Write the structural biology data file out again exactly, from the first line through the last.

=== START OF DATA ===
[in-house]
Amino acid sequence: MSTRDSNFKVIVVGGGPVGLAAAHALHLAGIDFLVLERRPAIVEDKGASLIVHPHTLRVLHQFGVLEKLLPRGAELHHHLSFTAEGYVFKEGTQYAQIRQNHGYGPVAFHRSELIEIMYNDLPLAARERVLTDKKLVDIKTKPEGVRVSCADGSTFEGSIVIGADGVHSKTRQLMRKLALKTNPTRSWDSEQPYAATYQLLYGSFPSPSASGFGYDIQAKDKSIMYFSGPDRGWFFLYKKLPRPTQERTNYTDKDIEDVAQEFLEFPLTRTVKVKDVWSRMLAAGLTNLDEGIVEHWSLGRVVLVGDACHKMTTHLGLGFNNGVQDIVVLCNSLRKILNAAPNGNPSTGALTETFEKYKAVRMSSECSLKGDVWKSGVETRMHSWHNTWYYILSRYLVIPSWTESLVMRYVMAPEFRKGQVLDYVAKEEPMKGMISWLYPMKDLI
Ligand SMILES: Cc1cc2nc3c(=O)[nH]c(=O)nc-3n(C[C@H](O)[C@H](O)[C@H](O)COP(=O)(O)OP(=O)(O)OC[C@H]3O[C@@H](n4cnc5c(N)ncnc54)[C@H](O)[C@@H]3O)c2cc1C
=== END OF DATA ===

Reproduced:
[in-house]
Amino acid sequence: MSTRDSNFKVIVVGGGPVGLAAAHALHLAGIDFLVLERRPAIVEDKGASLIVHPHTLRVLHQFGVLEKLLPRGAELHHHLSFTAEGYVFKEGTQYAQIRQNHGYGPVAFHRSELIEIMYNDLPLAARERVLTDKKLVDIKTKPEGVRVSCADGSTFEGSIVIGADGVHSKTRQLMRKLALKTNPTRSWDSEQPYAATYQLLYGSFPSPSASGFGYDIQAKDKSIMYFSGPDRGWFFLYKKLPRPTQERTNYTDKDIEDVAQEFLEFPLTRTVKVKDVWSRMLAAGLTNLDEGIVEHWSLGRVVLVGDACHKMTTHLGLGFNNGVQDIVVLCNSLRKILNAAPNGNPSTGALTETFEKYKAVRMSSECSLKGDVWKSGVETRMHSWHNTWYYILSRYLVIPSWTESLVMRYVMAPEFRKGQVLDYVAKEEPMKGMISWLYPMKDLI
Ligand SMILES: Cc1cc2nc3c(=O)[nH]c(=O)nc-3n(C[C@H](O)[C@H](O)[C@H](O)COP(=O)(O)OP(=O)(O)OC[C@H]3O[C@@H](n4cnc5c(N)ncnc54)[C@H](O)[C@@H]3O)c2cc1C